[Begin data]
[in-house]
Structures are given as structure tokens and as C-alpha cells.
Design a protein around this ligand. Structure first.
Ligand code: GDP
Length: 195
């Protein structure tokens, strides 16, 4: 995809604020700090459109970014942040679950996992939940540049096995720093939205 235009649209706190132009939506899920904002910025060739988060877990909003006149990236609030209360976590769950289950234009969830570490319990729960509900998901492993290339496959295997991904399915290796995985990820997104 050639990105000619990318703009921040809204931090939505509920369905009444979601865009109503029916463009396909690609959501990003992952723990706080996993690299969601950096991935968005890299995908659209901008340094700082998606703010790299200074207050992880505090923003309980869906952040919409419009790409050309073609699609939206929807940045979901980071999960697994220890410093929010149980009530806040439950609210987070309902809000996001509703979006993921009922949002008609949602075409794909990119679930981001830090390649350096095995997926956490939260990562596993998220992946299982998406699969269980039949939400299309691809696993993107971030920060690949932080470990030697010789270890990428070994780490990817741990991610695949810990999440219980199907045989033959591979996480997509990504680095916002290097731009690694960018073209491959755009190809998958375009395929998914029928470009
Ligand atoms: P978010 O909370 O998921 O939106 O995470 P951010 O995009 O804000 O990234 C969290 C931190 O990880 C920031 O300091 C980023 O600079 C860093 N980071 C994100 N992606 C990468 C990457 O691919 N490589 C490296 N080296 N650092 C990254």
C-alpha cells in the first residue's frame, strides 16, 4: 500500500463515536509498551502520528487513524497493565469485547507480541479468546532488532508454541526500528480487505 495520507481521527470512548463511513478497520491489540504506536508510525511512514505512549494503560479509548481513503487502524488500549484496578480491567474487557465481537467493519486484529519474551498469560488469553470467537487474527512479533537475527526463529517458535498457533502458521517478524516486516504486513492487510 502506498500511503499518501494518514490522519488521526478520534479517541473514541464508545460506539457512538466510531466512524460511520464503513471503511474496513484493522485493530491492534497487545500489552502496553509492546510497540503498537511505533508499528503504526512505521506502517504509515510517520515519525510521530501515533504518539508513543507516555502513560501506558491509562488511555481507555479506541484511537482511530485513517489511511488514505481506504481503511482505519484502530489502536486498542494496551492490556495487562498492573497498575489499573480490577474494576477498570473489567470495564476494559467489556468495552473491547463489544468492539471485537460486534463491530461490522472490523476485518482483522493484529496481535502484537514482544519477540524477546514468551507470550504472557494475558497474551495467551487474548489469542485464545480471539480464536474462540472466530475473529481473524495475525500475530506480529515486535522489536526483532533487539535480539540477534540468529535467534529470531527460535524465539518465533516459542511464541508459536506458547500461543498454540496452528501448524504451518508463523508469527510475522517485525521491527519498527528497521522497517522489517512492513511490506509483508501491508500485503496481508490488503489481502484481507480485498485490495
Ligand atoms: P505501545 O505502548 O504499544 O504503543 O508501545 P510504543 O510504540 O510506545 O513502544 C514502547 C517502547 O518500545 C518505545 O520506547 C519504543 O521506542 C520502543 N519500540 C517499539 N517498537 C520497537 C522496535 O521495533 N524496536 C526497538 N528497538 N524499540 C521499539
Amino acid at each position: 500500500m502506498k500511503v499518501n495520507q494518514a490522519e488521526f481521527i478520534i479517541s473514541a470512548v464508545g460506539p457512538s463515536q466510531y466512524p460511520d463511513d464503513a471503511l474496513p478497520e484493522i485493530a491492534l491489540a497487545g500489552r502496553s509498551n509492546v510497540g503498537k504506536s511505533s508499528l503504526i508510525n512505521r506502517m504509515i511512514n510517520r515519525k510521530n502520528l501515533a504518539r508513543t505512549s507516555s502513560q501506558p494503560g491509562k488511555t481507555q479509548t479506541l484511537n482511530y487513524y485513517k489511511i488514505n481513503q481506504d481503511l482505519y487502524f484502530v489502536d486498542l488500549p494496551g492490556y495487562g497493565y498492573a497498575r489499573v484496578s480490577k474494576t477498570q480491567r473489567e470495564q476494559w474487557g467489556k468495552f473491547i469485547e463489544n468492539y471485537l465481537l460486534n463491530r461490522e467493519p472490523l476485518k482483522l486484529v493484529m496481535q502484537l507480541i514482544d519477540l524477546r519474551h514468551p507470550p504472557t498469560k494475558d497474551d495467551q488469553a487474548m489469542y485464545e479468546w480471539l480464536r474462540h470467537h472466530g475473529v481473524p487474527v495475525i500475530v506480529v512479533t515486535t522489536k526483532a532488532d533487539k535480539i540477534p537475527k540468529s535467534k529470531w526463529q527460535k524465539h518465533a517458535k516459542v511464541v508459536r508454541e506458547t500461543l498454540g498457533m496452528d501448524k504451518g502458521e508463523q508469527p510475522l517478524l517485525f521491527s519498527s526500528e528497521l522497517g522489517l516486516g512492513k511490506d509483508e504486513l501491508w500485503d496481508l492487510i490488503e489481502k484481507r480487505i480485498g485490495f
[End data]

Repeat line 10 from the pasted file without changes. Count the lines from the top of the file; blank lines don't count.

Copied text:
Amino acid at each position: 500500500m502506498k500511503v499518501n495520507q494518514a490522519e488521526f481521527i478520534i479517541s473514541a470512548v464508545g460506539p457512538s463515536q466510531y466512524p460511520d463511513d464503513a471503511l474496513p478497520e484493522i485493530a491492534l491489540a497487545g500489552r502496553s509498551n509492546v510497540g503498537k504506536s511505533s508499528l503504526i508510525n512505521r506502517m504509515i511512514n510517520r515519525k510521530n502520528l501515533a504518539r508513543t505512549s507516555s502513560q501506558p494503560g491509562k488511555t481507555q479509548t479506541l484511537n482511530y487513524y485513517k489511511i488514505n481513503q481506504d481503511l482505519y487502524f484502530v489502536d486498542l488500549p494496551g492490556y495487562g497493565y498492573a497498575r489499573v484496578s480490577k474494576t477498570q480491567r473489567e470495564q476494559w474487557g467489556k468495552f473491547i469485547e463489544n468492539y471485537l465481537l460486534n463491530r461490522e467493519p472490523l476485518k482483522l486484529v493484529m496481535q502484537l507480541i514482544d519477540l524477546r519474551h514468551p507470550p504472557t498469560k494475558d497474551d495467551q488469553a487474548m489469542y485464545e479468546w480471539l480464536r474462540h470467537h472466530g475473529v481473524p487474527v495475525i500475530v506480529v512479533t515486535t522489536k526483532a532488532d533487539k535480539i540477534p537475527k540468529s535467534k529470531w526463529q527460535k524465539h518465533a517458535k516459542v511464541v508459536r508454541e506458547t500461543l498454540g498457533m496452528d501448524k504451518g502458521e508463523q508469527p510475522l517478524l517485525f521491527s519498527s526500528e528497521l522497517g522489517l516486516g512492513k511490506d509483508e504486513l501491508w500485503d496481508l492487510i490488503e489481502k484481507r480487505i480485498g485490495f